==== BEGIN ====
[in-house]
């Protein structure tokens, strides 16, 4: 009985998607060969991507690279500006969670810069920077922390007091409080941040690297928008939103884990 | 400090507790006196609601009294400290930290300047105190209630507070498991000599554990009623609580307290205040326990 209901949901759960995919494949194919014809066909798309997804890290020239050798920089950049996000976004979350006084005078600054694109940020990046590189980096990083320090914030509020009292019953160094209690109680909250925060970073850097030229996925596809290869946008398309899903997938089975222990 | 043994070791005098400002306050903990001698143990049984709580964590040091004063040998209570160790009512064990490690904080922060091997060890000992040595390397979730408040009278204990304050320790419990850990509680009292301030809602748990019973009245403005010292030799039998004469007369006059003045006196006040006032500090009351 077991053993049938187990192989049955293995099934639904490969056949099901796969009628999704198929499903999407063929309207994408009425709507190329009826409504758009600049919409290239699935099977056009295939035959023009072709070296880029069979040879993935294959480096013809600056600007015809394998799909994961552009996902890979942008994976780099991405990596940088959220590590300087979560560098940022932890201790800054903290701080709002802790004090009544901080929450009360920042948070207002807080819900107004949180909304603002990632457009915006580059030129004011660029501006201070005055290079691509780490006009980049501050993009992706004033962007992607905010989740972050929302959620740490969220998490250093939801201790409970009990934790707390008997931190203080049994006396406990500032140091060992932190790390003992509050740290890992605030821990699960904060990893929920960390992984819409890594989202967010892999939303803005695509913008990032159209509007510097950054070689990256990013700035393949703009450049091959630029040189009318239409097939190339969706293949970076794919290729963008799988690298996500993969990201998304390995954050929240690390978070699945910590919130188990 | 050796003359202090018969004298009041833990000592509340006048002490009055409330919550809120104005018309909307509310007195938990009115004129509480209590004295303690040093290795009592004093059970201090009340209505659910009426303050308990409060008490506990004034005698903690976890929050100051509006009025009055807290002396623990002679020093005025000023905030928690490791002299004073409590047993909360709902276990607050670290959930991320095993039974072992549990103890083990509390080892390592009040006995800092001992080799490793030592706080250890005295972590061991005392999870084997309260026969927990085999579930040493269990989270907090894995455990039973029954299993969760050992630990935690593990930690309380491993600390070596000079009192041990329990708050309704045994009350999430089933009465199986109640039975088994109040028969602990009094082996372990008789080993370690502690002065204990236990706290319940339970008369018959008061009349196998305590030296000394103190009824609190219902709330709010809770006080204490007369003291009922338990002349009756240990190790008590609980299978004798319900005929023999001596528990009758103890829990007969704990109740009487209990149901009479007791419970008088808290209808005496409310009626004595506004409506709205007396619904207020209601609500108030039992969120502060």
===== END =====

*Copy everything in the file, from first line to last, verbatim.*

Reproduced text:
[in-house]
């Protein structure tokens, strides 16, 4: 009985998607060969991507690279500006969670810069920077922390007091409080941040690297928008939103884990 | 400090507790006196609601009294400290930290300047105190209630507070498991000599554990009623609580307290205040326990 209901949901759960995919494949194919014809066909798309997804890290020239050798920089950049996000976004979350006084005078600054694109940020990046590189980096990083320090914030509020009292019953160094209690109680909250925060970073850097030229996925596809290869946008398309899903997938089975222990 | 043994070791005098400002306050903990001698143990049984709580964590040091004063040998209570160790009512064990490690904080922060091997060890000992040595390397979730408040009278204990304050320790419990850990509680009292301030809602748990019973009245403005010292030799039998004469007369006059003045006196006040006032500090009351 077991053993049938187990192989049955293995099934639904490969056949099901796969009628999704198929499903999407063929309207994408009425709507190329009826409504758009600049919409290239699935099977056009295939035959023009072709070296880029069979040879993935294959480096013809600056600007015809394998799909994961552009996902890979942008994976780099991405990596940088959220590590300087979560560098940022932890201790800054903290701080709002802790004090009544901080929450009360920042948070207002807080819900107004949180909304603002990632457009915006580059030129004011660029501006201070005055290079691509780490006009980049501050993009992706004033962007992607905010989740972050929302959620740490969220998490250093939801201790409970009990934790707390008997931190203080049994006396406990500032140091060992932190790390003992509050740290890992605030821990699960904060990893929920960390992984819409890594989202967010892999939303803005695509913008990032159209509007510097950054070689990256990013700035393949703009450049091959630029040189009318239409097939190339969706293949970076794919290729963008799988690298996500993969990201998304390995954050929240690390978070699945910590919130188990 | 050796003359202090018969004298009041833990000592509340006048002490009055409330919550809120104005018309909307509310007195938990009115004129509480209590004295303690040093290795009592004093059970201090009340209505659910009426303050308990409060008490506990004034005698903690976890929050100051509006009025009055807290002396623990002679020093005025000023905030928690490791002299004073409590047993909360709902276990607050670290959930991320095993039974072992549990103890083990509390080892390592009040006995800092001992080799490793030592706080250890005295972590061991005392999870084997309260026969927990085999579930040493269990989270907090894995455990039973029954299993969760050992630990935690593990930690309380491993600390070596000079009192041990329990708050309704045994009350999430089933009465199986109640039975088994109040028969602990009094082996372990008789080993370690502690002065204990236990706290319940339970008369018959008061009349196998305590030296000394103190009824609190219902709330709010809770006080204490007369003291009922338990002349009756240990190790008590609980299978004798319900005929023999001596528990009758103890829990007969704990109740009487209990149901009479007791419970008088808290209808005496409310009626004595506004409506709205007396619904207020209601609500108030039992969120502060």